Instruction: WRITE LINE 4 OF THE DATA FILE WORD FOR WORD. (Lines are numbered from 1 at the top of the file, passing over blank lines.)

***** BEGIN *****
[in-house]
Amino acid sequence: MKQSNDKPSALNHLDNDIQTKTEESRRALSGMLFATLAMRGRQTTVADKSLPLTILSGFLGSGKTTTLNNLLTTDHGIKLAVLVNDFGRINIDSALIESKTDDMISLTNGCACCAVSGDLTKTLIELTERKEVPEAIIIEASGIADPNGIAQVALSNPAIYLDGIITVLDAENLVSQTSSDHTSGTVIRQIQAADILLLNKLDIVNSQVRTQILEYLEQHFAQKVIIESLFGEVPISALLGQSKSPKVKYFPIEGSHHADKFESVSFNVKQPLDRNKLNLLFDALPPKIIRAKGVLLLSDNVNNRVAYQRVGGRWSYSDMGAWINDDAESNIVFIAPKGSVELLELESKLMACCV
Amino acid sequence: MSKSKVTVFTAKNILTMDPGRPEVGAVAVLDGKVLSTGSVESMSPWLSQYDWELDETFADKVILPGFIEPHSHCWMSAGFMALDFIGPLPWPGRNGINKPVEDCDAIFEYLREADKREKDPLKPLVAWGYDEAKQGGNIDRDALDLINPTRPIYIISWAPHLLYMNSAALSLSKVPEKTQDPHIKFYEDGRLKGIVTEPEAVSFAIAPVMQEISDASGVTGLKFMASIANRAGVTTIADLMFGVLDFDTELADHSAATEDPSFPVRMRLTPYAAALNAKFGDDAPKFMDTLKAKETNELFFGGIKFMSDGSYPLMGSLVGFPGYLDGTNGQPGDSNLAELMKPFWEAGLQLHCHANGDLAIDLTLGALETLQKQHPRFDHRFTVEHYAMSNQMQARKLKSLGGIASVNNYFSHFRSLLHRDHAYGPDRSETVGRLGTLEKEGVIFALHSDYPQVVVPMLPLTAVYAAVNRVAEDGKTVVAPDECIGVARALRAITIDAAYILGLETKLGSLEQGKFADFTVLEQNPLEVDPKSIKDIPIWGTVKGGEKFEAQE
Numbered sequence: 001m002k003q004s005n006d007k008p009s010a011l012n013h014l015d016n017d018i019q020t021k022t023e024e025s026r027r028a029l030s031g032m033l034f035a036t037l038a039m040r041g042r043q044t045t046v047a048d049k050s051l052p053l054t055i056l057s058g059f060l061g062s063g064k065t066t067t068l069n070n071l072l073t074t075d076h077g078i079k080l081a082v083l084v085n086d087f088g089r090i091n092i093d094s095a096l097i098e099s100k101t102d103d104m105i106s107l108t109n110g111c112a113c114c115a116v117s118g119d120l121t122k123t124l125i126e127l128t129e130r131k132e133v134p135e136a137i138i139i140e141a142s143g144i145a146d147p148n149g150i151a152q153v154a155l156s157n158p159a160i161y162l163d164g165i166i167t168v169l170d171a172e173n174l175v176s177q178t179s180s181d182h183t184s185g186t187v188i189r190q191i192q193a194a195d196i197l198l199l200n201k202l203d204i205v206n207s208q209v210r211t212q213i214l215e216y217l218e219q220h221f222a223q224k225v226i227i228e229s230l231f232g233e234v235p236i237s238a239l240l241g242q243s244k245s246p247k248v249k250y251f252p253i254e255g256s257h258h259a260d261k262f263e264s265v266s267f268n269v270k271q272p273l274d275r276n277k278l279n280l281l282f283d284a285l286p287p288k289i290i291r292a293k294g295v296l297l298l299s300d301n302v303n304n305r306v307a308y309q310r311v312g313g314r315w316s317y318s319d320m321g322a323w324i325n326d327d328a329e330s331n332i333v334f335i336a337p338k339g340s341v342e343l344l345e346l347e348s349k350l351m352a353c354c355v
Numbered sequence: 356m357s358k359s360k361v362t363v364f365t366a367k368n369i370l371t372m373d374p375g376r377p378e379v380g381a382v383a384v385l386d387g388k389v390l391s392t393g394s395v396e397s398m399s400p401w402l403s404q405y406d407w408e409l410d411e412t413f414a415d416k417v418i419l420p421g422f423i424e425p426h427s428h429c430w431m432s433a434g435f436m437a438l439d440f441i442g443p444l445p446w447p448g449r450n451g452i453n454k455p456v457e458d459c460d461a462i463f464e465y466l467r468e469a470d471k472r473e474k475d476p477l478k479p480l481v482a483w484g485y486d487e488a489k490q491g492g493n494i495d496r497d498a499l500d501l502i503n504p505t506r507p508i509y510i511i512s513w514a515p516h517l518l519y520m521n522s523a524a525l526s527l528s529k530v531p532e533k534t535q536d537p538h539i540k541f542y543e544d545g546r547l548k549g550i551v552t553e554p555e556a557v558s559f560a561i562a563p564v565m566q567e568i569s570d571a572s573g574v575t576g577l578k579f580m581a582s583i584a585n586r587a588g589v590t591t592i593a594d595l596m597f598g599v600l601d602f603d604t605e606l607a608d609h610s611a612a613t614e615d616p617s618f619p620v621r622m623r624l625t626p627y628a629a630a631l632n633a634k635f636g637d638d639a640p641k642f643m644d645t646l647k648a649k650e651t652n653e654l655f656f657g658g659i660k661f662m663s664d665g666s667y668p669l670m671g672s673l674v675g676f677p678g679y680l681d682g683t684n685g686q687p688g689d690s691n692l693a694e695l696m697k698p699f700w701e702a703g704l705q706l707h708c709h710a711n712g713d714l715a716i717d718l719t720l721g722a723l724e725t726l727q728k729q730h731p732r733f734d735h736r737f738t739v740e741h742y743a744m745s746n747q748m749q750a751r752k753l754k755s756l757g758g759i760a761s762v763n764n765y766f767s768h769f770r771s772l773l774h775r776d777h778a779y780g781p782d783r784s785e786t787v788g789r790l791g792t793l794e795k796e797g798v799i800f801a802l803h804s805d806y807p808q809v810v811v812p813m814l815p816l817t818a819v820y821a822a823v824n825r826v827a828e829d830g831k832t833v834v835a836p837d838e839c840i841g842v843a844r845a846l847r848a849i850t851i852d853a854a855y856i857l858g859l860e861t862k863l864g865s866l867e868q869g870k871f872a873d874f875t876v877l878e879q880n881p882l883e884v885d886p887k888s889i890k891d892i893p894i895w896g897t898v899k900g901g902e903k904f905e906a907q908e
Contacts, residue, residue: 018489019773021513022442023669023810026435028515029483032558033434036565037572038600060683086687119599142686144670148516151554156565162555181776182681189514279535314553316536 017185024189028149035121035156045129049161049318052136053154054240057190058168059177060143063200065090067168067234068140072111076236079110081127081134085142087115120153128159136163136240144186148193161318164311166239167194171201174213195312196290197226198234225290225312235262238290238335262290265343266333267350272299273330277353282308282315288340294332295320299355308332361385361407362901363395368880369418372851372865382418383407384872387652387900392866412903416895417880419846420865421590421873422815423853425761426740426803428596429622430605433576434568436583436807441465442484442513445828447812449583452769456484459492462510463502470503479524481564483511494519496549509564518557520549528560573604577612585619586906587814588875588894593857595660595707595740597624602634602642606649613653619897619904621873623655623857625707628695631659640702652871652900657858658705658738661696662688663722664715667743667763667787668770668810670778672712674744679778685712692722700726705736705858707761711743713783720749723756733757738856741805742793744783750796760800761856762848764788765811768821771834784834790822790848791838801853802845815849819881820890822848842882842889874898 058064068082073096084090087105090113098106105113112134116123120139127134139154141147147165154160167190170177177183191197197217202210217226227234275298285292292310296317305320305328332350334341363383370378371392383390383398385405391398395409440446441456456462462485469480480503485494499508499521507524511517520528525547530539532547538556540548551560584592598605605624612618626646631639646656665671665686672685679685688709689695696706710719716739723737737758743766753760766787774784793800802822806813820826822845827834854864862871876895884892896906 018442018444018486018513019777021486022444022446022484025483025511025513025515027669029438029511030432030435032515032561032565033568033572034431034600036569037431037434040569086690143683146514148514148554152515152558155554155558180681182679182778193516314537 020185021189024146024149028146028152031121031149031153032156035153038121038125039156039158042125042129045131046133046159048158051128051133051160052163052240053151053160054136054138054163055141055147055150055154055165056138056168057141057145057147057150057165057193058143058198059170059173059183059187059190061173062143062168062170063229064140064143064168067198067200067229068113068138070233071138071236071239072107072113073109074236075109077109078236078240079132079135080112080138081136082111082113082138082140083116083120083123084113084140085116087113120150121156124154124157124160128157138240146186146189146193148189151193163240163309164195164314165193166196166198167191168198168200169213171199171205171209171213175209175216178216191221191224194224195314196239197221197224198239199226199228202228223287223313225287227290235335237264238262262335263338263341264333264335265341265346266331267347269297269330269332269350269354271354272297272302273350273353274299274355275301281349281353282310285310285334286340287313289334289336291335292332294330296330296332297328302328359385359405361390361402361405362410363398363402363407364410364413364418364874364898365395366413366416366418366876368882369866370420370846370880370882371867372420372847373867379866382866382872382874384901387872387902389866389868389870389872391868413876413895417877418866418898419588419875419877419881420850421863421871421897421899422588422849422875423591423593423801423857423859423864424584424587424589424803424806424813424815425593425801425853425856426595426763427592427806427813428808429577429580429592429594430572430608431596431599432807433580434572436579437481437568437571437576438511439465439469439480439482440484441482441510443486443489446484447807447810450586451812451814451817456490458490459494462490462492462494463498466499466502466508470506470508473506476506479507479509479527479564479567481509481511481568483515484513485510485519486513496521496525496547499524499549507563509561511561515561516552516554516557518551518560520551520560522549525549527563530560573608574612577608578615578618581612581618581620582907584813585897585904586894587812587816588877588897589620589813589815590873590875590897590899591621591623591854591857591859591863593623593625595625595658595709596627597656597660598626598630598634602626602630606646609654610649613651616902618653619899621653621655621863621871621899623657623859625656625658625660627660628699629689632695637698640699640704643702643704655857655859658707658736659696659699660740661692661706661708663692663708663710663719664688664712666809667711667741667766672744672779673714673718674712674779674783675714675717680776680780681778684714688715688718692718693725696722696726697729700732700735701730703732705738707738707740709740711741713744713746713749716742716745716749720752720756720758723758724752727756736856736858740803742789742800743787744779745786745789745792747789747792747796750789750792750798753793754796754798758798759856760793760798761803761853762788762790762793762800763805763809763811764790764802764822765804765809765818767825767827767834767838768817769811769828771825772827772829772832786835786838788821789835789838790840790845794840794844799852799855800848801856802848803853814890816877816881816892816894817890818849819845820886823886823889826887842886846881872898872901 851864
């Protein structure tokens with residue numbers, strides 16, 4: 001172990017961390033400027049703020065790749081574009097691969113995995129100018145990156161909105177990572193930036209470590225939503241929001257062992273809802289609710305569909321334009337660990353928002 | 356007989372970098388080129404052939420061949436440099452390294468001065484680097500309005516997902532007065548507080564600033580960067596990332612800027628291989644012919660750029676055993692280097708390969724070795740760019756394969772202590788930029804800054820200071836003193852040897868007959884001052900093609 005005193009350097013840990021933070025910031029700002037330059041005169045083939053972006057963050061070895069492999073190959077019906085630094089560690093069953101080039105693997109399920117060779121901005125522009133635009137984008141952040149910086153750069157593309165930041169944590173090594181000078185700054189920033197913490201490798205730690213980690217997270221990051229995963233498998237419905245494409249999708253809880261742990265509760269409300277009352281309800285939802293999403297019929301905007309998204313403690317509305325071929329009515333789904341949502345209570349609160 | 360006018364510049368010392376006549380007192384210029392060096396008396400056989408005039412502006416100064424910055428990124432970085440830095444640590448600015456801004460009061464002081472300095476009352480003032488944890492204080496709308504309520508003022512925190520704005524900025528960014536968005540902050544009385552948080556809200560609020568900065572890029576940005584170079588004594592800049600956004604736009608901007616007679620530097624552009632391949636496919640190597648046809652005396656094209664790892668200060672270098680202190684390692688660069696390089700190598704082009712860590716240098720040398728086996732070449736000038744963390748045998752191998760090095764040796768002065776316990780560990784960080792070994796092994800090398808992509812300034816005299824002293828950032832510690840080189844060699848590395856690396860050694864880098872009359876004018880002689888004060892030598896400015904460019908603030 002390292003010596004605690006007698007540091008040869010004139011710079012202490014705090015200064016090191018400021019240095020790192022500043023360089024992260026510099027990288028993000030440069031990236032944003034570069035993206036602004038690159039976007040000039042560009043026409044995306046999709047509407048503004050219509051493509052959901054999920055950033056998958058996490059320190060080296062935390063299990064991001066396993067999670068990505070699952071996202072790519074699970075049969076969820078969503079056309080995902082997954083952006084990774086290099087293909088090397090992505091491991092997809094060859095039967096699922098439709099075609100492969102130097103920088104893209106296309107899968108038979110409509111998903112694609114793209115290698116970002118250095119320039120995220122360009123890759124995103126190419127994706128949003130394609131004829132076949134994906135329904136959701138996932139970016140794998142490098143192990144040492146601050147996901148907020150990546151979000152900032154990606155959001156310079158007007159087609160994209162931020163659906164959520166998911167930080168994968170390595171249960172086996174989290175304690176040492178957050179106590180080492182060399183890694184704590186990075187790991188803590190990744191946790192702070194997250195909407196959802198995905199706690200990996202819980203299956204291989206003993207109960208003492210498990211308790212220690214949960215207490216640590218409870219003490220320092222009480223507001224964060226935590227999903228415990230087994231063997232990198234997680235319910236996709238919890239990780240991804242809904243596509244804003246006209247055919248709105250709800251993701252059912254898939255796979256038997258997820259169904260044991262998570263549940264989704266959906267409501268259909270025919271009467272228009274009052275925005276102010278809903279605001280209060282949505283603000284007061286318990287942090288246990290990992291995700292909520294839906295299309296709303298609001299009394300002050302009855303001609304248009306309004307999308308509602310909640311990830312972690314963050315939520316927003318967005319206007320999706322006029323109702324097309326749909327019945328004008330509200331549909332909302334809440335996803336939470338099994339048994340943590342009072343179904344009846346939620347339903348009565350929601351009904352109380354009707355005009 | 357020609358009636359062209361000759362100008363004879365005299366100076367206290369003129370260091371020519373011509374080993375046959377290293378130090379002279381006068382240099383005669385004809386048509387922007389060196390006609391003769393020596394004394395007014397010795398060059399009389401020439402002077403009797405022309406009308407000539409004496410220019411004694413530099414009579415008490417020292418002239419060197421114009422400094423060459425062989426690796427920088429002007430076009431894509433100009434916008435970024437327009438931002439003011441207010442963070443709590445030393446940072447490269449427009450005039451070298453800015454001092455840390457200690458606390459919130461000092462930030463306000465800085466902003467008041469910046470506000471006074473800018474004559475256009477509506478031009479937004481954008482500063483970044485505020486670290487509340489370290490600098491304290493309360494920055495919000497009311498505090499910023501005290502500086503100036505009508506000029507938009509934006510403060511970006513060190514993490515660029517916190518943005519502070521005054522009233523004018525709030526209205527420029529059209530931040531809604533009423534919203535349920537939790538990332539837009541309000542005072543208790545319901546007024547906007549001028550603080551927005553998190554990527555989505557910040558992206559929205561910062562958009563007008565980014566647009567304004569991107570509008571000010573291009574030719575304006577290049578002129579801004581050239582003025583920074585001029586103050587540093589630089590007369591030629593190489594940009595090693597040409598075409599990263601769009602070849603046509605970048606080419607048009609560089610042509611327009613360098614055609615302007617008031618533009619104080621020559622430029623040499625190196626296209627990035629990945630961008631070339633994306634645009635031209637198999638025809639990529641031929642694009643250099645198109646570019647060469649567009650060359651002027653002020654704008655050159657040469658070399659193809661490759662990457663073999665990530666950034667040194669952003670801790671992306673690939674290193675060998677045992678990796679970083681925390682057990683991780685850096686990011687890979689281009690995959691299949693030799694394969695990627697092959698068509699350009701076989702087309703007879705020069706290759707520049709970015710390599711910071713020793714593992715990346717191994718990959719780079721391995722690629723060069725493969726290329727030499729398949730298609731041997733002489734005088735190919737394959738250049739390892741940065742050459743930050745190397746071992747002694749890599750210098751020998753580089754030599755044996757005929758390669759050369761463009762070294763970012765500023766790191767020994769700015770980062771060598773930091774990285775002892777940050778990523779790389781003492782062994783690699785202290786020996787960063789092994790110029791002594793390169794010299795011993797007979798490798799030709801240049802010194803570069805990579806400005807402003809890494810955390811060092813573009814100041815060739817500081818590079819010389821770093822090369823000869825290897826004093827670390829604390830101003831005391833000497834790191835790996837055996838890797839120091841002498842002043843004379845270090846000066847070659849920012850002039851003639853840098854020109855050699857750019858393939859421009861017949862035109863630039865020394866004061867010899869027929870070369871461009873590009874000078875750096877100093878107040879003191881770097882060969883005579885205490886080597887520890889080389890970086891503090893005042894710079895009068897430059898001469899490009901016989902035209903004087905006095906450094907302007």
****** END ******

Numbered sequence: 001m002k003q004s005n006d007k008p009s010a011l012n013h014l015d016n017d018i019q020t021k022t023e024e025s026r027r028a029l030s031g032m033l034f035a036t037l038a039m040r041g042r043q044t045t046v047a048d049k050s051l052p053l054t055i056l057s058g059f060l061g062s063g064k065t066t067t068l069n070n071l072l073t074t075d076h077g078i079k080l081a082v083l084v085n086d087f088g089r090i091n092i093d094s095a096l097i098e099s100k101t102d103d104m105i106s107l108t109n110g111c112a113c114c115a116v117s118g119d120l121t122k123t124l125i126e127l128t129e130r131k132e133v134p135e136a137i138i139i140e141a142s143g144i145a146d147p148n149g150i151a152q153v154a155l156s157n158p159a160i161y162l163d164g165i166i167t168v169l170d171a172e173n174l175v176s177q178t179s180s181d182h183t184s185g186t187v188i189r190q191i192q193a194a195d196i197l198l199l200n201k202l203d204i205v206n207s208q209v210r211t212q213i214l215e216y217l218e219q220h221f222a223q224k225v226i227i228e229s230l231f232g233e234v235p236i237s238a239l240l241g242q243s244k245s246p247k248v249k250y251f252p253i254e255g256s257h258h259a260d261k262f263e264s265v266s267f268n269v270k271q272p273l274d275r276n277k278l279n280l281l282f283d284a285l286p287p288k289i290i291r292a293k294g295v296l297l298l299s300d301n302v303n304n305r306v307a308y309q310r311v312g313g314r315w316s317y318s319d320m321g322a323w324i325n326d327d328a329e330s331n332i333v334f335i336a337p338k339g340s341v342e343l344l345e346l347e348s349k350l351m352a353c354c355v